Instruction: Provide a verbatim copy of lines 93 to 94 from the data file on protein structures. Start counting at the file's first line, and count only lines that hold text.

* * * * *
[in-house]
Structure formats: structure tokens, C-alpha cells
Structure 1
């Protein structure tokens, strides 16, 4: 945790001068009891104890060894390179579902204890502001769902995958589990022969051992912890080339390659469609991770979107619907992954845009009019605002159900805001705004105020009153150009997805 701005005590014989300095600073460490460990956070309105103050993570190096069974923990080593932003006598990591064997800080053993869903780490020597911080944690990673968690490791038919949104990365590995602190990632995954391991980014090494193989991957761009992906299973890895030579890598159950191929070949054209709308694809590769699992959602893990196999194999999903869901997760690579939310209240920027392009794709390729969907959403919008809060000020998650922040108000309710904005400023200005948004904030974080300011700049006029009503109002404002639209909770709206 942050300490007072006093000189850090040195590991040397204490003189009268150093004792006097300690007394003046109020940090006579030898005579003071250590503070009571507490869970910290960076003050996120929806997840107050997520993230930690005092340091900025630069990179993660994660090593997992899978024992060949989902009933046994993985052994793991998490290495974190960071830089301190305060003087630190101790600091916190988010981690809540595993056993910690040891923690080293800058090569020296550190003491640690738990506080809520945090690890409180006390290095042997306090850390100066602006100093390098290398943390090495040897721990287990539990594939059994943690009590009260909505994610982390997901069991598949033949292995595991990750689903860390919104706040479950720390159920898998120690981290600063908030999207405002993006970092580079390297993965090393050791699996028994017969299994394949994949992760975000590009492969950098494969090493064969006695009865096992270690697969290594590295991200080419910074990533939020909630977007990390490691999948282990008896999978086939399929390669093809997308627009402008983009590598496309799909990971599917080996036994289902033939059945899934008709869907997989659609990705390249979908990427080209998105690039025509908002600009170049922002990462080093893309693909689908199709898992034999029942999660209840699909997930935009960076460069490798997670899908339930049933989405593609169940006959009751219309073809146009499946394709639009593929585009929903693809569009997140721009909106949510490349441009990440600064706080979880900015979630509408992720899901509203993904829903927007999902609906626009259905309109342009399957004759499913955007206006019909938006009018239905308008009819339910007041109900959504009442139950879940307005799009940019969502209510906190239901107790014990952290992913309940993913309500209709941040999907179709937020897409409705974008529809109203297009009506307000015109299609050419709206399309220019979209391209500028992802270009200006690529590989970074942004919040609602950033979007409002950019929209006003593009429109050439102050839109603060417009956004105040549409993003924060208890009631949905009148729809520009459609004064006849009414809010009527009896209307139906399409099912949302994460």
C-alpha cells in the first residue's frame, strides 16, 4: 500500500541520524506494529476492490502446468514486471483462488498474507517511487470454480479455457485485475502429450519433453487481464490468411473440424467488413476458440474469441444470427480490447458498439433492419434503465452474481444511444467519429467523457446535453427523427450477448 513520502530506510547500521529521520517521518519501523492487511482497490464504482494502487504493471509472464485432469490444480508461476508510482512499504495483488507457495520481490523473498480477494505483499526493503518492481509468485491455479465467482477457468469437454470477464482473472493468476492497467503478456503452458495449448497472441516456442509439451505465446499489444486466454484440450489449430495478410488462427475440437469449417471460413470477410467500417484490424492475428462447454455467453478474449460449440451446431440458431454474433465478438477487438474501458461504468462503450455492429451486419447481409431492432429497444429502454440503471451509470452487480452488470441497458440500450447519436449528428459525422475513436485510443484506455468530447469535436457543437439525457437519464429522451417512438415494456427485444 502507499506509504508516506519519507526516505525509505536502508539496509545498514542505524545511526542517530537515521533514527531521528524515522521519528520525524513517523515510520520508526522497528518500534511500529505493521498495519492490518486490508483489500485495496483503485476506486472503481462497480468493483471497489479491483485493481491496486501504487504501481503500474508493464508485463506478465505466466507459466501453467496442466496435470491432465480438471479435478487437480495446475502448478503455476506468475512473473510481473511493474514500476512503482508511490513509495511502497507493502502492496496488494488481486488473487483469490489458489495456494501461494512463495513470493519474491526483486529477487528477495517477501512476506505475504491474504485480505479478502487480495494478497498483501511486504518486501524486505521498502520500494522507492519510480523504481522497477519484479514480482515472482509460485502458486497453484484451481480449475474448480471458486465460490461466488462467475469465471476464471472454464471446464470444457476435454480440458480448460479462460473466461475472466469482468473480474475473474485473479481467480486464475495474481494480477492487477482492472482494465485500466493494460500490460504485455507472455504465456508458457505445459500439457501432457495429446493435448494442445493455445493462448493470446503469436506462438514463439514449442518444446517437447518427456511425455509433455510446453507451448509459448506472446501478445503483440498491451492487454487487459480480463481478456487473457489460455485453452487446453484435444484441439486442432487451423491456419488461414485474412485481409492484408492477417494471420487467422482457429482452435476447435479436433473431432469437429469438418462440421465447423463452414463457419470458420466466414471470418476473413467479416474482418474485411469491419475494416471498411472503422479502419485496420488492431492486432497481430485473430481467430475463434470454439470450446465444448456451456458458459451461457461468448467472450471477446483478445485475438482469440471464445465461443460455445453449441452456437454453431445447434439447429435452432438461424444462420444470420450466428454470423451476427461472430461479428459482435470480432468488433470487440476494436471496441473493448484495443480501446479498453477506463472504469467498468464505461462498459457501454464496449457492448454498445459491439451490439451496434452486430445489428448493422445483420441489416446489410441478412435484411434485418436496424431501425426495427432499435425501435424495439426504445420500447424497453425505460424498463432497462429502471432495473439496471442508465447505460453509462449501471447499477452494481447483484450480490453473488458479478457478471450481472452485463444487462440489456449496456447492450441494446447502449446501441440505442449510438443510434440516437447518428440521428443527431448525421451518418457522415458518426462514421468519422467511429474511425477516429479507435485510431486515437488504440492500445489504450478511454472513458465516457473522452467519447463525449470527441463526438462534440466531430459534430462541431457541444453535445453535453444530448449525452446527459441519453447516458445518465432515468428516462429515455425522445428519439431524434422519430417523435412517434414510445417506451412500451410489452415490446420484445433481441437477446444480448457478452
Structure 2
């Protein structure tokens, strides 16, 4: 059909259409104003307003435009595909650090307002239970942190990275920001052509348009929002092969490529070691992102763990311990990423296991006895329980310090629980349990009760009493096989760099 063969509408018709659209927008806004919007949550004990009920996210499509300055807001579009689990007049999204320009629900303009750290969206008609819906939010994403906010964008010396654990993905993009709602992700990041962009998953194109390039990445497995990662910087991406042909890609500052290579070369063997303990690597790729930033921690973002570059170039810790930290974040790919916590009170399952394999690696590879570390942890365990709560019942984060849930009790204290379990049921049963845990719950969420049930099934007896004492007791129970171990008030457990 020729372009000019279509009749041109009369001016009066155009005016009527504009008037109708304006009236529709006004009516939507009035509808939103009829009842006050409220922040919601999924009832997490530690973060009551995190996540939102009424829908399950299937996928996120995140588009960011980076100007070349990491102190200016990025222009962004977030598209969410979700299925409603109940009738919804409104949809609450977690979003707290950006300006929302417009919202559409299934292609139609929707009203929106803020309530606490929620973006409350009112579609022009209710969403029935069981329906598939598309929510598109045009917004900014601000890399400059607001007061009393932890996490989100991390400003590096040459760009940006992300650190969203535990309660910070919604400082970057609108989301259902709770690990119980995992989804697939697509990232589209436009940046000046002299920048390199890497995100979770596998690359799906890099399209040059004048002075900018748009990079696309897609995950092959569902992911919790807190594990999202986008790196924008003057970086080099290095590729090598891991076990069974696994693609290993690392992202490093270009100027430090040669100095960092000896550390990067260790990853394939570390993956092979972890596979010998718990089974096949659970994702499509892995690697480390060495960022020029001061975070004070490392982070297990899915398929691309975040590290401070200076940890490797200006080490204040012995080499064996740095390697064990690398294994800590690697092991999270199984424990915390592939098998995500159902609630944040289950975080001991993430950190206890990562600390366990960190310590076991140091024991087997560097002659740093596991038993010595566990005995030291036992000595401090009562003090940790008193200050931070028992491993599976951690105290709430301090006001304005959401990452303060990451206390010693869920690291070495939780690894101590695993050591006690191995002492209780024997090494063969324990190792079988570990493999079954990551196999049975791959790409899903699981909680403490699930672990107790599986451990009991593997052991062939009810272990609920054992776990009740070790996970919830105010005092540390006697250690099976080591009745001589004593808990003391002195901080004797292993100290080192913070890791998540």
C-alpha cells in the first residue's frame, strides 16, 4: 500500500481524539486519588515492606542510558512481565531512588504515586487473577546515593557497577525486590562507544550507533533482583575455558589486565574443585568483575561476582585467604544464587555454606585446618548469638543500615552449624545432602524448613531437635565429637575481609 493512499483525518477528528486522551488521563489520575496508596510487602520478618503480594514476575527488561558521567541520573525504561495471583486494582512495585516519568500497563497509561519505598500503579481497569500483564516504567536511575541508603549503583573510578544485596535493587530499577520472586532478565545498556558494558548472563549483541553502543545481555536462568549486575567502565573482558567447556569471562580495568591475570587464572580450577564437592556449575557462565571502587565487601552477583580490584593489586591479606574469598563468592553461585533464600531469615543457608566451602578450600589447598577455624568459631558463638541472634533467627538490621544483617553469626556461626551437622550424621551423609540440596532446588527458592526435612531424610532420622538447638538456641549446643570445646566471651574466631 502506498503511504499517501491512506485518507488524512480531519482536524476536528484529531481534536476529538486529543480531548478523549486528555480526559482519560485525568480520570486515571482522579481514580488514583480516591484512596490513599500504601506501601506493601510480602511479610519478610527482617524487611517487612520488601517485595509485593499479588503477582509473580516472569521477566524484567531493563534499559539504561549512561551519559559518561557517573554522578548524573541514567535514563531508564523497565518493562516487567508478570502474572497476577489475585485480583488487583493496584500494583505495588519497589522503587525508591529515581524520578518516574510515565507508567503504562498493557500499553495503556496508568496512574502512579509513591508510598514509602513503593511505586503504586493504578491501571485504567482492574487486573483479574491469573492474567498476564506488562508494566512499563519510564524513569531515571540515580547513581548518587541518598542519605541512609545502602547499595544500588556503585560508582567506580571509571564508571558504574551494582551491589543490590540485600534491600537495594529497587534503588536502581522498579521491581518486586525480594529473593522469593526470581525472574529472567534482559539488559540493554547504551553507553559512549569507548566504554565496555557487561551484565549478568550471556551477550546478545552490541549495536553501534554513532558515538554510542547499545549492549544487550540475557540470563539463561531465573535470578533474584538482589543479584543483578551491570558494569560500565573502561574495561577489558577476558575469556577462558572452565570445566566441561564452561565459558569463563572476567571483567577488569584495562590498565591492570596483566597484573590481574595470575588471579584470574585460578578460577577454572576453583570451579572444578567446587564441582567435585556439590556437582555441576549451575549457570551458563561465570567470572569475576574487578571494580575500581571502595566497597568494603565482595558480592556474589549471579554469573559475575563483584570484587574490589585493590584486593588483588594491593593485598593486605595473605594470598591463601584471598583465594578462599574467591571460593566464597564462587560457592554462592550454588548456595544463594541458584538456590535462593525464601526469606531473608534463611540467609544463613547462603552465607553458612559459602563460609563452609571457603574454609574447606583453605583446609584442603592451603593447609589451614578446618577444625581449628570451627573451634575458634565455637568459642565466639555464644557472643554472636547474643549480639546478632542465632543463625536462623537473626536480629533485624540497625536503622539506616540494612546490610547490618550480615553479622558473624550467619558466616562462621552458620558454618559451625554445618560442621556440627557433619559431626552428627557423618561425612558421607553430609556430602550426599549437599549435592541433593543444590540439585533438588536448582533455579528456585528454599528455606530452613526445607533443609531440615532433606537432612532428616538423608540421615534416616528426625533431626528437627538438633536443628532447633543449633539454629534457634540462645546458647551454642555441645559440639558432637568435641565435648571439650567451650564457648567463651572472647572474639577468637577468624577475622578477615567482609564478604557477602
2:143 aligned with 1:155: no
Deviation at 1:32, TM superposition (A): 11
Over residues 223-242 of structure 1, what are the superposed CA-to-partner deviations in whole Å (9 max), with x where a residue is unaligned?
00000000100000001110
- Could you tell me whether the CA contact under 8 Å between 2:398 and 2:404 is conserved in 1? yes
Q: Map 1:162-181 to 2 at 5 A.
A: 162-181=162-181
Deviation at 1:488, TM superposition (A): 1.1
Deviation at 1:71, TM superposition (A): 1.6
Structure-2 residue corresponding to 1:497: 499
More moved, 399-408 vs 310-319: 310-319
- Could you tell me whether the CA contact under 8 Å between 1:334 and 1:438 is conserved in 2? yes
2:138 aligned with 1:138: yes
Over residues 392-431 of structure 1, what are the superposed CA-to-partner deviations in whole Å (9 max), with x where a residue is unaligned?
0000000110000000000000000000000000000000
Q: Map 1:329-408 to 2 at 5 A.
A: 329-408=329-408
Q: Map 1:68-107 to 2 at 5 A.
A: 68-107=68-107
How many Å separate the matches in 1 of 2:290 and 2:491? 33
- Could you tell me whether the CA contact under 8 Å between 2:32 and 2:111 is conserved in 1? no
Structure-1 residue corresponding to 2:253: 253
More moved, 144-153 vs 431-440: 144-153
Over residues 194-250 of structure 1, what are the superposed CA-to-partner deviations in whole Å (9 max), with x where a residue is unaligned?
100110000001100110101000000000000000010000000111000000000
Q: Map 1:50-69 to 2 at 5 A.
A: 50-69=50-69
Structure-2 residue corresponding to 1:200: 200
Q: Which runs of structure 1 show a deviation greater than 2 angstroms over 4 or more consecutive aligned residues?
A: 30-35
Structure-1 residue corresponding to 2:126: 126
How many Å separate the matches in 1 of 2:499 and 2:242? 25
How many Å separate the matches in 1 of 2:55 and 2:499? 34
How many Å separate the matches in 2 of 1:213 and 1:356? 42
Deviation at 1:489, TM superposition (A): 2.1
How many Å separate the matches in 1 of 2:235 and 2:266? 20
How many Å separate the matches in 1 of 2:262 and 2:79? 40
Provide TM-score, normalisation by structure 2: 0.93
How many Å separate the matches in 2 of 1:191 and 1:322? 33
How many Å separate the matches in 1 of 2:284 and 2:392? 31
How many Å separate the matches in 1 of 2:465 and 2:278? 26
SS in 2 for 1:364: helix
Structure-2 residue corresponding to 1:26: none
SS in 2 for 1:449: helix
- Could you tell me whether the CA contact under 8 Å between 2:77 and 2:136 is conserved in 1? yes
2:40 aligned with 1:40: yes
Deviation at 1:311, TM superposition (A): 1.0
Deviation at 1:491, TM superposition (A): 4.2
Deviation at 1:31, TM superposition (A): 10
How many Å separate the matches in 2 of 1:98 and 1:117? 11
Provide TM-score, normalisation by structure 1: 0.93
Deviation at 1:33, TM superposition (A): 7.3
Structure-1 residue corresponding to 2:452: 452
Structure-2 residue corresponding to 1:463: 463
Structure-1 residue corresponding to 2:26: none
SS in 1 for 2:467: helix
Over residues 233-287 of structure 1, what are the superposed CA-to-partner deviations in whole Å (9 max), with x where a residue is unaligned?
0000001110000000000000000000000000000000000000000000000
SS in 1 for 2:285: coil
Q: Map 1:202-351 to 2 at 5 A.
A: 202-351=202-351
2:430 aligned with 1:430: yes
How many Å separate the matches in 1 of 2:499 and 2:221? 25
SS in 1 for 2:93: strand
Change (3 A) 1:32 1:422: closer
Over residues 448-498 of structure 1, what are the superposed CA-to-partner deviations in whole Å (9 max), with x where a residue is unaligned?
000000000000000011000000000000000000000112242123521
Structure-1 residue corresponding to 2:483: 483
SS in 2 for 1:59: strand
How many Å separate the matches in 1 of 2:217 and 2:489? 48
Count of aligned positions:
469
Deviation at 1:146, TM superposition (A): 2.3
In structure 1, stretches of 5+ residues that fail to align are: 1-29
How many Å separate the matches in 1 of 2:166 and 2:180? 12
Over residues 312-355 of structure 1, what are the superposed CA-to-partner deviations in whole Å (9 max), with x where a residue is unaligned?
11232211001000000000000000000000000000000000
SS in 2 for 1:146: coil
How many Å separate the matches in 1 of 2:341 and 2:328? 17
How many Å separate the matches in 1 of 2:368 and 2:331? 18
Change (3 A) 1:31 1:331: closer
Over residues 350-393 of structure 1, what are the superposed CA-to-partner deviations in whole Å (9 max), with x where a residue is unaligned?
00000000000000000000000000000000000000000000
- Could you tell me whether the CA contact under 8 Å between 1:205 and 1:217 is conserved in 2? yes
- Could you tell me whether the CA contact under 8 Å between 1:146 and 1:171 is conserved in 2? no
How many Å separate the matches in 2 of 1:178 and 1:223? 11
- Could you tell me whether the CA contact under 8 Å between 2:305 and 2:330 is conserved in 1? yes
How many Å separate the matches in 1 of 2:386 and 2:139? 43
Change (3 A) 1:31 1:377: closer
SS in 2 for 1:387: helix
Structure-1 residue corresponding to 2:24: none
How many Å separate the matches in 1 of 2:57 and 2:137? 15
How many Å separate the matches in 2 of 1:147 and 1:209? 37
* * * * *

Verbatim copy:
- Could you tell me whether the CA contact under 8 Å between 1:146 and 1:171 is conserved in 2? no
How many Å separate the matches in 2 of 1:178 and 1:223? 11